NG: At the same time though, it is kind of essential that we smoke a joint together before we play because it gets everybody on the same wavelength. That's important. But drugs are a shortcut that isn't totally necessary. You can get there other ways.

JF: Maybe we should start exercising.

NG: We exercise like motherfuckers! No one's walking more than us! Our band motto is "Poorer than the Germs."

 Al, you're often seen around, out and about, naked...

(Laughs erupt)

Have you always been a frequently naked dude?

AC: I enjoy my free body. There are definitely emails from Justin's parents from three years ago about naked pictures of me on the Internet. It's just a part of my life.

What's the hardest part of being in CCR Headcleaner?

AC: Getting to shows.

NG: None of us have cars or houses, but we have heart!

AC: Justin and I just got guitars this week and I have an amp now. Justin doesn't.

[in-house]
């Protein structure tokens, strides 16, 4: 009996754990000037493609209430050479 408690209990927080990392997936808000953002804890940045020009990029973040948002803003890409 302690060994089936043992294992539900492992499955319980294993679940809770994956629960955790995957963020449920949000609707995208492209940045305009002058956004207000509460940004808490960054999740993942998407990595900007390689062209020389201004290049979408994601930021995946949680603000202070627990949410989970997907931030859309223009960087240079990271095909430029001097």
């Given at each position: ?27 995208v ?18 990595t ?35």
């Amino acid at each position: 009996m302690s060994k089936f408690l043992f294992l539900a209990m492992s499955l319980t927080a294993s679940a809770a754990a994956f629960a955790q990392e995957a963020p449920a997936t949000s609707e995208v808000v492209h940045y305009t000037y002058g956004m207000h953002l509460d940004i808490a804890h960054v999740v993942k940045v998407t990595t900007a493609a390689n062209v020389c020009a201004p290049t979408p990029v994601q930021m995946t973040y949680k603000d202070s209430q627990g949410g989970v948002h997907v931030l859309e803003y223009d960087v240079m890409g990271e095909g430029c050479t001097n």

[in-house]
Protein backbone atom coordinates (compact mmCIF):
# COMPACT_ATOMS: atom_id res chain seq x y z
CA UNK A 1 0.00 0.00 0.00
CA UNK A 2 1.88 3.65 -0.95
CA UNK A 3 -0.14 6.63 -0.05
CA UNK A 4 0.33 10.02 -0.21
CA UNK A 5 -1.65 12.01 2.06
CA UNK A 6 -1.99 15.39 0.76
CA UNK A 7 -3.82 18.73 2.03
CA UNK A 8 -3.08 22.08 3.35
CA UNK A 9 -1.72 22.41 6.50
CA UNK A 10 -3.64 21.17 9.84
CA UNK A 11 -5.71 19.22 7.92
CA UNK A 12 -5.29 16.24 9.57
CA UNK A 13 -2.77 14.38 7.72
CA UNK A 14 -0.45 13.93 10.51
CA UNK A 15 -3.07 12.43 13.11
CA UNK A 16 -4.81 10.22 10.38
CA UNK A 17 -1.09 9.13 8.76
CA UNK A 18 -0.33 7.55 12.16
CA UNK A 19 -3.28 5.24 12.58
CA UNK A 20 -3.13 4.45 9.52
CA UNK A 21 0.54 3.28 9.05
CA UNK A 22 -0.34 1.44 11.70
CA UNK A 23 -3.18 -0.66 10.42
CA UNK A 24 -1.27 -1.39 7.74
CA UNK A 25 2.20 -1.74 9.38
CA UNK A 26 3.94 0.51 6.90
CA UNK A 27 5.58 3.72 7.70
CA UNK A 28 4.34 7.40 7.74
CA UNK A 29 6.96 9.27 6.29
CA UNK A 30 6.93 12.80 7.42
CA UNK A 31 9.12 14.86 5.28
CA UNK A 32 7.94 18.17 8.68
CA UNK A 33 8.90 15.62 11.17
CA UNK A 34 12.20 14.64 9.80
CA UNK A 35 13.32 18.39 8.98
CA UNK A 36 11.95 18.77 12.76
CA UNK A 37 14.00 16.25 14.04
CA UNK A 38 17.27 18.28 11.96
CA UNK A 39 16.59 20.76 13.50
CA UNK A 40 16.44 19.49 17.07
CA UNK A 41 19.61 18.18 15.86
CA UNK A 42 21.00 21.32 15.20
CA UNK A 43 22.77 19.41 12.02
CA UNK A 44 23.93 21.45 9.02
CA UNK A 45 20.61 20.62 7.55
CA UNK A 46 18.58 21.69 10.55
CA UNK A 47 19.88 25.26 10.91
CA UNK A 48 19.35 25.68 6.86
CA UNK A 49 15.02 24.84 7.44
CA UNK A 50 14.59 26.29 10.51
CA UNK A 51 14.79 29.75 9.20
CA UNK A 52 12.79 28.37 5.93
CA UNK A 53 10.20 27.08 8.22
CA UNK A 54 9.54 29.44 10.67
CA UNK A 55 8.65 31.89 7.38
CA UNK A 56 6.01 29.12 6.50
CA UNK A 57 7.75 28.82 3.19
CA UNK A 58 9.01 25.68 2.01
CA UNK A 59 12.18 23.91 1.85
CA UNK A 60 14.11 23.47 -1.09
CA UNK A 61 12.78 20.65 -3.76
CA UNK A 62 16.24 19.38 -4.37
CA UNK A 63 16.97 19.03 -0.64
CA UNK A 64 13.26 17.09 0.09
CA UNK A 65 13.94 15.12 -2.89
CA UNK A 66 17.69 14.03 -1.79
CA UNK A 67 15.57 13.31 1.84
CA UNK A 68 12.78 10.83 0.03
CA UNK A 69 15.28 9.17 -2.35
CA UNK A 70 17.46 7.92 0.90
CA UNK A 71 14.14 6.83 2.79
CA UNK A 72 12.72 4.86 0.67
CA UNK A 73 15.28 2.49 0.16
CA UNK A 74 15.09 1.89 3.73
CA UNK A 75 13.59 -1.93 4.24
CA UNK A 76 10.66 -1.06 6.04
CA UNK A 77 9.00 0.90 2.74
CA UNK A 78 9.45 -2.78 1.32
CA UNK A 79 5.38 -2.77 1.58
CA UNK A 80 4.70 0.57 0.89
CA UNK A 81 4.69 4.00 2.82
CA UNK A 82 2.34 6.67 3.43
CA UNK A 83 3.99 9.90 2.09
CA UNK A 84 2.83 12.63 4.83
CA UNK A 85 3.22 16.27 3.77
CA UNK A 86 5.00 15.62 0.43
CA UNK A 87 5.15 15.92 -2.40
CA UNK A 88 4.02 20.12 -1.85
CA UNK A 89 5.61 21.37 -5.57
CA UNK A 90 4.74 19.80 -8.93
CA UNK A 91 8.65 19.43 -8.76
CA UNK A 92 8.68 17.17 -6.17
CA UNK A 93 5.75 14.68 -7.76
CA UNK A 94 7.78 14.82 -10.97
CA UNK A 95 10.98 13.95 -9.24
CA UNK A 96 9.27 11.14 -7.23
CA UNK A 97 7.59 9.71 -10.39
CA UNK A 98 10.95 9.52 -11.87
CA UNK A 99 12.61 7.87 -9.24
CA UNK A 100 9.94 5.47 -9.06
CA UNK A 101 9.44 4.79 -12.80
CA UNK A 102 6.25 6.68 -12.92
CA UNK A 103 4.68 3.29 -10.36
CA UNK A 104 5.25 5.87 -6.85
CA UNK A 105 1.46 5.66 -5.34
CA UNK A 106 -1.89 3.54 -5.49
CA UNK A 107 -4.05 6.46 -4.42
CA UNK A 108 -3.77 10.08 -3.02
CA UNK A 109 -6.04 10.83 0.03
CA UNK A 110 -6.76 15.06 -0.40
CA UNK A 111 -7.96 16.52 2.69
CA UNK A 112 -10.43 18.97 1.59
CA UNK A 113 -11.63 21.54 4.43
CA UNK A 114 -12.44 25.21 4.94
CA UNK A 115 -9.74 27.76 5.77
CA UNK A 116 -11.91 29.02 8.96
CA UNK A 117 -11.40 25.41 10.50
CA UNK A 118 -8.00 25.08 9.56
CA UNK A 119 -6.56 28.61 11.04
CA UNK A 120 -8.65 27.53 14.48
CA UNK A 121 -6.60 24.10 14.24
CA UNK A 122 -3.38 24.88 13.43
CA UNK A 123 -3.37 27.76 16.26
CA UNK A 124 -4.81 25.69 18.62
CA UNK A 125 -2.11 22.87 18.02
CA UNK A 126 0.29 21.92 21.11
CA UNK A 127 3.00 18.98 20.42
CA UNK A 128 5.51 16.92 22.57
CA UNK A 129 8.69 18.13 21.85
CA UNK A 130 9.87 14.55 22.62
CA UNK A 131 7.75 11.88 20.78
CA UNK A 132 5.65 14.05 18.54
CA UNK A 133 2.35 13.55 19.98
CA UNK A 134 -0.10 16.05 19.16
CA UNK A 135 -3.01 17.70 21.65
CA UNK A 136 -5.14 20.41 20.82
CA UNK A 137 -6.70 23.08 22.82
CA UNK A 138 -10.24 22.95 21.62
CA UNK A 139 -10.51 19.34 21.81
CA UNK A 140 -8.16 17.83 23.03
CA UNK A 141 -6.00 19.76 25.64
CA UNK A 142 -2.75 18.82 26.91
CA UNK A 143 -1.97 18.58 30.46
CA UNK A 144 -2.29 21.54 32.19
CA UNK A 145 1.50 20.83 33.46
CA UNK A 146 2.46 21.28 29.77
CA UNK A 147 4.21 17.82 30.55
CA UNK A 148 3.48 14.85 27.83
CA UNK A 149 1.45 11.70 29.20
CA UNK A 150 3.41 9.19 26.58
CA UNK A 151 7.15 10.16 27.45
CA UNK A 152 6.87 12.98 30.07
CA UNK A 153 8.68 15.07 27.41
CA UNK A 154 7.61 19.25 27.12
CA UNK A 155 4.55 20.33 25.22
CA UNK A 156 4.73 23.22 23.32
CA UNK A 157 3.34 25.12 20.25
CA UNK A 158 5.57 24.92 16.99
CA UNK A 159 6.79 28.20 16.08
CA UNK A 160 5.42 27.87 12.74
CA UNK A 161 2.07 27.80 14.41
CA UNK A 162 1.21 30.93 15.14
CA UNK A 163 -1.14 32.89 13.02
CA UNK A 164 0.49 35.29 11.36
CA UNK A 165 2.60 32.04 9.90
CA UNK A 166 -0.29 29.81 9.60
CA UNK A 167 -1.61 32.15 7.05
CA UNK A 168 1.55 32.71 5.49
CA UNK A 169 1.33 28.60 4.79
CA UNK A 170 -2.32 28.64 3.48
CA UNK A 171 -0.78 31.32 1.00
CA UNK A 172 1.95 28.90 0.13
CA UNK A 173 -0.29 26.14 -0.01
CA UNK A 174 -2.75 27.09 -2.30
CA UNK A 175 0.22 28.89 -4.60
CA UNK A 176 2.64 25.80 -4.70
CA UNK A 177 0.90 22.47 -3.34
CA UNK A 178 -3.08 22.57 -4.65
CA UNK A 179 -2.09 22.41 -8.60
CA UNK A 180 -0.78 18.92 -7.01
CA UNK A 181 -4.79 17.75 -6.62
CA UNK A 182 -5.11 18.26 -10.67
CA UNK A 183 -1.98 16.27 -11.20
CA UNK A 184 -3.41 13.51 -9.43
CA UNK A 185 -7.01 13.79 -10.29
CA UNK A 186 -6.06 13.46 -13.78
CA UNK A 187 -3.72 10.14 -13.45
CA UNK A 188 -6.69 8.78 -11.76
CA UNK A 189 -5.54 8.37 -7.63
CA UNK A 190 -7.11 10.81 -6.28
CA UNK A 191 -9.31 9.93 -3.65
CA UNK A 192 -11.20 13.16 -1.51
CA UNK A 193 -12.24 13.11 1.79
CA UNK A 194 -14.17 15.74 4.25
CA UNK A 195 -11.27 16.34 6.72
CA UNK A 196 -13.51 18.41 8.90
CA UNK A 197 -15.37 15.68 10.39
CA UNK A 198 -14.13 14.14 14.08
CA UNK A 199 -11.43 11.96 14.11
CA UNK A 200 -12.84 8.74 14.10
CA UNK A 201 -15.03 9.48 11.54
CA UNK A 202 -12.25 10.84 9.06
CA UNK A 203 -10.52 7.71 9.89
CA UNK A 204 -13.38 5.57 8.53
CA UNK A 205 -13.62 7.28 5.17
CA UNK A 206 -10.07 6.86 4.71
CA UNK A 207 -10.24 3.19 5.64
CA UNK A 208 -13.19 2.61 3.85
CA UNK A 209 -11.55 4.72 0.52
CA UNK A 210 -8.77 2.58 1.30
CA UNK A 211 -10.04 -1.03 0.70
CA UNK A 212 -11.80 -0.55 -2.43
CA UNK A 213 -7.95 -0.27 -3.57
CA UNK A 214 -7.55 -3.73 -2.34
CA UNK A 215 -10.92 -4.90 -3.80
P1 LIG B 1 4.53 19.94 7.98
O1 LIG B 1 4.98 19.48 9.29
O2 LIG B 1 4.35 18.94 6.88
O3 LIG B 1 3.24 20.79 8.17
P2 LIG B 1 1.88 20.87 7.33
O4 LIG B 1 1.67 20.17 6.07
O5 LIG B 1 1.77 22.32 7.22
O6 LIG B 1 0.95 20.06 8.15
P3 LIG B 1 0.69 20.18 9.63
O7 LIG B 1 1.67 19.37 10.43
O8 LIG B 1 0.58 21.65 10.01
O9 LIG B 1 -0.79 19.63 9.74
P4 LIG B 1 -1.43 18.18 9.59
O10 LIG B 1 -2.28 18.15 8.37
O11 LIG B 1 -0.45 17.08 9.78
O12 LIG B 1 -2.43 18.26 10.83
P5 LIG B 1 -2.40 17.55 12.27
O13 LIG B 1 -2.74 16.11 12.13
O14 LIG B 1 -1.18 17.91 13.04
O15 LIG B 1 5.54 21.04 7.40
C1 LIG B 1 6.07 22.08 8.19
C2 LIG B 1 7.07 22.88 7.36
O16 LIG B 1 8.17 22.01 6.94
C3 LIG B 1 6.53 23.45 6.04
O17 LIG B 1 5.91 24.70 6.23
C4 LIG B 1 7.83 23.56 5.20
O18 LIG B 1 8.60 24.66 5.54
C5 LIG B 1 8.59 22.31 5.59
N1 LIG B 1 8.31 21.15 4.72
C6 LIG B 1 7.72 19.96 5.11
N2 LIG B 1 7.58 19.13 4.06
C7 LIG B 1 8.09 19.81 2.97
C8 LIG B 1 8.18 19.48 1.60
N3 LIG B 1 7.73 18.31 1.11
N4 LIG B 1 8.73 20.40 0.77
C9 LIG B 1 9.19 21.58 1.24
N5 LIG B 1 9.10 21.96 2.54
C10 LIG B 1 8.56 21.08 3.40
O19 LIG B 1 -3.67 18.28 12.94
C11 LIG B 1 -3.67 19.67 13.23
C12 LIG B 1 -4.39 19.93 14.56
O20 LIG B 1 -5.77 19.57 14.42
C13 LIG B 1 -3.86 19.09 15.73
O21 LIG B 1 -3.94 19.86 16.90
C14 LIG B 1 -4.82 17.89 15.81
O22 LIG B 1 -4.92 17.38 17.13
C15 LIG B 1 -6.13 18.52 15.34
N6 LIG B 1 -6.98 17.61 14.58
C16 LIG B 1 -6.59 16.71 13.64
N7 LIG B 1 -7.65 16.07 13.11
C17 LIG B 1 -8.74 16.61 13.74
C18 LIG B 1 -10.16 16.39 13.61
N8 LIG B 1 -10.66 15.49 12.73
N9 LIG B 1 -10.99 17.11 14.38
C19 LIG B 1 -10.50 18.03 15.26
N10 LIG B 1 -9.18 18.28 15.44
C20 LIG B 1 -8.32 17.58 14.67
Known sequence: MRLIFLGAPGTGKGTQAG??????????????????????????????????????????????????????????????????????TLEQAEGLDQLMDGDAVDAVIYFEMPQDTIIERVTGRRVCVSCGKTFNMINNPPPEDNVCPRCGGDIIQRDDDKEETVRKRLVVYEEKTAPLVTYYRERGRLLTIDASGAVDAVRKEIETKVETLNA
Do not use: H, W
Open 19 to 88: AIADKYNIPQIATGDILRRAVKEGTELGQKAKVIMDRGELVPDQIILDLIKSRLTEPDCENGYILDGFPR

NG: I have 45 percent of a drum kit. It's Justin's.

AC: Days we have shows though are the hardest. We have everything except the resources.

Do you guys think about the future much or do you take things one day at a time?

JF: Well, we want to get a record out. I want to tour a lot.

AC: This band just started at the beginning of this year, so we're all about hitting the ground running.

What bands are you most excited about in the city?

NG: The Baths, Dadfag.

AC: Sister Fucker.

JF: Culture Kids. Girls. They're my favorite band in San Francisco (laughs).

NG: Oh yeah, should we make fun of Girls in this interview to get back at them?

Oh yeah, I heard about that. They tweeted about you guys...

NG: Yeah. Twitter? Really?

JF: I love them. I'm at all their shows. I pay 15 dollars to see them every chance I can.

NG: We clearly aren't pros at talking shit. We're too polite.

JF: We're Southern gentlemen.

You can catch CCR Headcleaner for the last time until they return from tour on Saturday, May 8th at Amnesia with Culture Kids and the Baths.

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Emily Rose Epstein